I have also included a recap of the “Five Stages of the Soul” (by Moody and Carroll, 1997) which might be helpful. Note on My Life Review the years, events, and remarks that are associated with one of more of these stages that you experienced.

The five stages are 1) The call: change of heart, conversion, etc., 2) The search: quest for guidance, 3) The struggle: involves disillusionment, despair, regret and impatience, 4) The breakthrough: occurs with a burst of vision, a new beginning and experience of joy, and 5) The return: means that life goes on as before with a difference that makes the ordinary unique. -21

Answer the three questions on My Life Review worksheet: 1) Did you find this My Life Review exercise easy or difficult to do? If difficult why? 2) What insights did you have while doing this? 3) What legacy, or “gift to the world,” am I going to leave to my family and the world?

I hope this My Life Review exercise has been insightful to you. I encourage you to continue updating My Life Review throughout the years.

To quote Joan Chittister; “Time ages things—and not simply ourselves. It ages our memories and allows us the relief of ignoring them. It ages our relationships and gives us the comfort of surety.” -22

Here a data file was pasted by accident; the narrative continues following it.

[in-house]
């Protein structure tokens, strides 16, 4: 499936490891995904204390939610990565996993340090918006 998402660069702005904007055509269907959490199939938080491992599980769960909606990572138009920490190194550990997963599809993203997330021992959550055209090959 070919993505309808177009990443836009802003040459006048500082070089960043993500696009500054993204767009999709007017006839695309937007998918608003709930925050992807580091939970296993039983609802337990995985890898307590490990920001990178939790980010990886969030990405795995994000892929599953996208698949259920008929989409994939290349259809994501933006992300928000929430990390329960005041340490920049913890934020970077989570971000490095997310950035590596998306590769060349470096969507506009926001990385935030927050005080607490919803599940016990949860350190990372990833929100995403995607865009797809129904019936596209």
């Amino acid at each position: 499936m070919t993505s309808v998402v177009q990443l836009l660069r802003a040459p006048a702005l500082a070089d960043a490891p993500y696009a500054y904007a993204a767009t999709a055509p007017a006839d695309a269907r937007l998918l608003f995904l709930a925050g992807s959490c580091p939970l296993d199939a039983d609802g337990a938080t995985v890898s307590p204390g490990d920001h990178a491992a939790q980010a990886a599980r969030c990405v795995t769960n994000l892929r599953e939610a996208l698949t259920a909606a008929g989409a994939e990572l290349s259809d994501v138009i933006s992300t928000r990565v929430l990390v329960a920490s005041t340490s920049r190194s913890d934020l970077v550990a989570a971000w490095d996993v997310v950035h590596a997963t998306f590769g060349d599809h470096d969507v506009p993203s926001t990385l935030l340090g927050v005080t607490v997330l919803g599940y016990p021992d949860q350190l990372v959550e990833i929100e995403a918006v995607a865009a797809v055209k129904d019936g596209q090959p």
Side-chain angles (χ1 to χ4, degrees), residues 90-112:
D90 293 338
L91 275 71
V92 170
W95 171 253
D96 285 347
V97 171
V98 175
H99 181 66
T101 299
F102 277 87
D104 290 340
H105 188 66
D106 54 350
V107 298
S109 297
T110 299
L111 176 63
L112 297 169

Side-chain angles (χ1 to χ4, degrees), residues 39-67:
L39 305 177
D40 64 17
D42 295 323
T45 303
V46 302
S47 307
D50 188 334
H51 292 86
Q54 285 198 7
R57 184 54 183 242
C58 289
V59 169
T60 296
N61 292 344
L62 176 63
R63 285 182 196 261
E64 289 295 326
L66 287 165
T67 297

May this bring you a renewed awareness and understanding as you age. Give you insights to how you can love and support your parents, children, other family members, and friends as they Age Grace-Fully.


My Life Review 310.39 KB 205 downloads




1- Joan Chittister, The Gift of Years, (Katonah, NY: BlueBridge Books, 2008), xi.
2- Joan Chittister, The Gift of Years, 46.
3- Melvin A. Kimble and Susan H. McFadden, ed., Aging, Spirituality, and Religion:  A Handbook – Volume 2, 239.
4- Ibid., 7.
5- Ibid., 7.
6- Ibid., 7.
7- Richard Rohr, Falling Upward, A Spiritually for the Two Halves of Life, (Jossey-Bass, San Francisco, 2011), xiii.
8- Ibid., 117-124.
9- Zalman Schachter-Shalomi and Ronald S. Miller, Age-ing to Sage-ing, (New York: Warner Books, 1995), 22-23.
10- Ibid., 15.
11- Ibid., 23.
12- Ibid., 23.
13- Melvin A. Kimble and Susan H. McFadden, ed., Aging, Spirituality, and Religion:  A Handbook – Volume 2, (Minneapolis: Fortress Press, 2003), 157.
14- Ibid., 157.
15- Ibid., 158.
16- Ibid., 158.
17- Ibid., 158.
18- Ibid., 161.
19- Ibid., 161.
20- Ibid., 161.
21- Moody and Carroll, Five Stages of the Soul,” (1997).
22- Joan Chittister, The Gift of Years, 46.

© 2020, David Tillman,, all rights reserved.